I approach my primary research interest, the local authority museum, as both an organisation and an institution. This perspective has informed a special issue on ‘Museum Methodologies’ to be published in Museum and Society in 2018, edited by myself along with colleagues Dr Nuala Morse and Sarah Harvey Richardson.

As an organisation, my aim is to focus on the mundane aspects of museum work and to gain a better understand not only of what the museum professional does during their day-to-day working lives but how the routines and requirements they engage with have a structuring effect on how museum work is done, and hint at why it might continue to be done in certain ways over time. This interest emerged from the empirical work I conducted as part of my PhD research and makes use of an actor-network-theory perspective in order to foreground material practices and their effects via ethnography and other qualitative methods conducive to this focus.

I have long been fascinated by the idea of the local authority museum. These institutions, because of their ever-present origin stories as well as their positioning as part of representative local government structures, shoulder a great deal of responsibility in terms of the values they are expected to honour in their practice. I am interested in how the roles assigned to local authority museums as public institutions are changing and equally how people working in these museums understand their responsibilities and loyalties in this context. In this regard, the efforts of leaders in the museum sector to advocate for the significance and value of their institutions remaining as part of an infrastructure of public culture, both in terms of how they are funded and who they endeavor to benefit, is an important component of my interest in the museum as an institution.

Part of the institutional identity of public museums, and other publicly-supported civic venues such as libraries and parks is that their uniqueness and, to a certain degree, value is seen to flow from their non-commercial character. Relatedly, these institutions were founded and continue to be informed by principles of equitable access, public ownership for posterity as well the free circulation of knowledge and ideas. Although there are important differences regarding their institutional histories, funding infrastructures and relationships to local democratic structures, these principles inform practitioners working in the publicly-funded cultural sector as a whole. However, these principles are arguably challenged and their reinterpretation necessitated by contemporary changes to how culture is funded and who is involved in its management. I explored these dynamics in relation to the local authority museum as part of my doctoral research. More recently I have begun to explore these questions in relation to cultural organisations operating across Europe.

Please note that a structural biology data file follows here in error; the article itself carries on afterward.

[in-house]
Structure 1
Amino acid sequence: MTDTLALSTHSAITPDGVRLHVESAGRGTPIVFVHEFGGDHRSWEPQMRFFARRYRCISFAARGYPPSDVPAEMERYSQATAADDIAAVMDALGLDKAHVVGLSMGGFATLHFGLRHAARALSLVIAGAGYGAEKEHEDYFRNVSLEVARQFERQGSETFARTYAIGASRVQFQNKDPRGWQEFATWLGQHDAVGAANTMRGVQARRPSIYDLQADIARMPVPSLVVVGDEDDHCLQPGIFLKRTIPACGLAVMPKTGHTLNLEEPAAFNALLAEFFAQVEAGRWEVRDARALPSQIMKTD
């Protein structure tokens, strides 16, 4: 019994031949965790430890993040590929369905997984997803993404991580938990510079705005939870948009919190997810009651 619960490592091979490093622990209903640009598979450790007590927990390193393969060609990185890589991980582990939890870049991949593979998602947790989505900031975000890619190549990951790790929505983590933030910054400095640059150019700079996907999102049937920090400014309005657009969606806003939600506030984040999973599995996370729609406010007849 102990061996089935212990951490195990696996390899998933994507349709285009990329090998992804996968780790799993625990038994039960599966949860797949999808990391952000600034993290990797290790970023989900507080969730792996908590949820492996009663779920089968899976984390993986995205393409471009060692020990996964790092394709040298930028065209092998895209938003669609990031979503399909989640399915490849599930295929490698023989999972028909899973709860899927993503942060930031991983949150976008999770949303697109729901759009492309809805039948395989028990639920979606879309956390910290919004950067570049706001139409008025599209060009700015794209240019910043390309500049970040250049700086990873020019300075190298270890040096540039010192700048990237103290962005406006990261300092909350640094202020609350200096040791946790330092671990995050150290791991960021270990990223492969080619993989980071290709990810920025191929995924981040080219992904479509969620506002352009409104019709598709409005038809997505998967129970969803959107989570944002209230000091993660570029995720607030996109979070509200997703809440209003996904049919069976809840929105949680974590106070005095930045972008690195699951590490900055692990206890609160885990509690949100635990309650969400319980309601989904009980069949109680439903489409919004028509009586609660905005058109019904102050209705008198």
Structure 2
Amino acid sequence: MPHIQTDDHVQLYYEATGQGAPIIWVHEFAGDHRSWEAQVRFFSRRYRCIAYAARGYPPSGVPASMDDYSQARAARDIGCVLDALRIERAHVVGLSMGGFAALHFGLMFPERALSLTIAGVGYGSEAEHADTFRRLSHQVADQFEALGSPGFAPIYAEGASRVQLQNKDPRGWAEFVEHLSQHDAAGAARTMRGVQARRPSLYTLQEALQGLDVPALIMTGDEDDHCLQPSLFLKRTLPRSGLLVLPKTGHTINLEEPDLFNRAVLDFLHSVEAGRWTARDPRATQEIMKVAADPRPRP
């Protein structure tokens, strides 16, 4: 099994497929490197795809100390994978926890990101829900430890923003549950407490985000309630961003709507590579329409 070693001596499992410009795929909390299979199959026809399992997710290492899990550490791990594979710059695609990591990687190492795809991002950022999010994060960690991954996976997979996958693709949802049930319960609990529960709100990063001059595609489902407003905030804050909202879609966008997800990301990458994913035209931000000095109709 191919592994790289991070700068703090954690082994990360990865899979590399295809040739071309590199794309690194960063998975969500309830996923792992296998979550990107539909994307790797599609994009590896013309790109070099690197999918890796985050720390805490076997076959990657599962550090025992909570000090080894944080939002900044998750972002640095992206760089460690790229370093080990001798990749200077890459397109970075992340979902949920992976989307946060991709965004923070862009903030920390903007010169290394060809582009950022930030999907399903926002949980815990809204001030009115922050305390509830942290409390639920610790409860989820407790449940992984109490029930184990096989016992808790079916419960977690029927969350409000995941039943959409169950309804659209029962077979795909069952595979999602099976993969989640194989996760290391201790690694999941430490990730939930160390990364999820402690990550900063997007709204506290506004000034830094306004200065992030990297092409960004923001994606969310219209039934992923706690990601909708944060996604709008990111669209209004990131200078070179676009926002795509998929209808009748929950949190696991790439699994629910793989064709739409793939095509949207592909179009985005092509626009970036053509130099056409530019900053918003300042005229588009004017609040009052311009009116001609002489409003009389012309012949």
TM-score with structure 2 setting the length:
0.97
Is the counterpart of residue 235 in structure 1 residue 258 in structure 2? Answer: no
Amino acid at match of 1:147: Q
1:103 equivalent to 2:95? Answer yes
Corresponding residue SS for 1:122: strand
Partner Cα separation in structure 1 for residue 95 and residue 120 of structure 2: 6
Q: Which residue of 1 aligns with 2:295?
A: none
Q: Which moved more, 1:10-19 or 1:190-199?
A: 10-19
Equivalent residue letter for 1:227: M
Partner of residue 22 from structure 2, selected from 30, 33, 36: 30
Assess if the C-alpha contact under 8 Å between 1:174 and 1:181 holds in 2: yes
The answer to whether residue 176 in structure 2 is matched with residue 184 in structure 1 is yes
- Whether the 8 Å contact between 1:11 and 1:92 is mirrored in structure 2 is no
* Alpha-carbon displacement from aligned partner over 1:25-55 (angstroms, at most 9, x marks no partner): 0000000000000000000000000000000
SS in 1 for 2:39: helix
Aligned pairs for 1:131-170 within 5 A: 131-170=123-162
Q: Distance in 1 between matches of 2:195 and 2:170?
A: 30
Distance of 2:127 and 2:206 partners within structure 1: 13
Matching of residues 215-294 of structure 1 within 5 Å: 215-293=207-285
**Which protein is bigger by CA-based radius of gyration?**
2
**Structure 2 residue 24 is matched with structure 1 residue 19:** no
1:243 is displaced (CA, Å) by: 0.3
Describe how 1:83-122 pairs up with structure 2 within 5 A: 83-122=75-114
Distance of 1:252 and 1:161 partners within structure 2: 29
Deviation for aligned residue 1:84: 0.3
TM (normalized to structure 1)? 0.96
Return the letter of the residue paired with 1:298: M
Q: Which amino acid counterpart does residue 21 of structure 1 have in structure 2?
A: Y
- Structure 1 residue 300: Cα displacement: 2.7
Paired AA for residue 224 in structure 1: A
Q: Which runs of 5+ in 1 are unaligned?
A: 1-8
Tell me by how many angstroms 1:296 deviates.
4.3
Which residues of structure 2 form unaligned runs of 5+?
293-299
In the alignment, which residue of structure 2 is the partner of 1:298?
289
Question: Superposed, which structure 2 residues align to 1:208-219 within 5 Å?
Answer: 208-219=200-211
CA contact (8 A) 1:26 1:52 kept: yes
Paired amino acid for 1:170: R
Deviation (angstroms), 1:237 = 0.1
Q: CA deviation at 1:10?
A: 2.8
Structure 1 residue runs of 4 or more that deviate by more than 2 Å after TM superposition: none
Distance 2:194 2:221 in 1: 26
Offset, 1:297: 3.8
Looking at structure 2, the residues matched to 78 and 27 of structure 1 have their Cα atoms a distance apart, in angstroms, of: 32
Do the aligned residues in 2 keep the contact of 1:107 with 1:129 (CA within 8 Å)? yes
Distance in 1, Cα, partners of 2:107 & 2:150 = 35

Projects, awards and grants

Civic culture: an intervention into contemporary debate. Funded by the Newcastle Institute for Social Renewal Award. Co-Investigator with Prof Rhiannon Mason, 2017-18

How to successfully take over your local museum. Funded by Arts Council England/Association of Independent Museums. 2017-18

From PhD to Publication. Funded by PGR Innovation Fund, Newcastle University. Co-proposer with Jennifer Locke and Alexia Mellor. 2016

Local Authority Museums After the Cuts: A Study of Other-than-Public Forms of Management. Funded by AHRC Doctoral Award, 2013-17

School of World Art and Museology Scholarship. Funded by University of East Anglia, 2012-13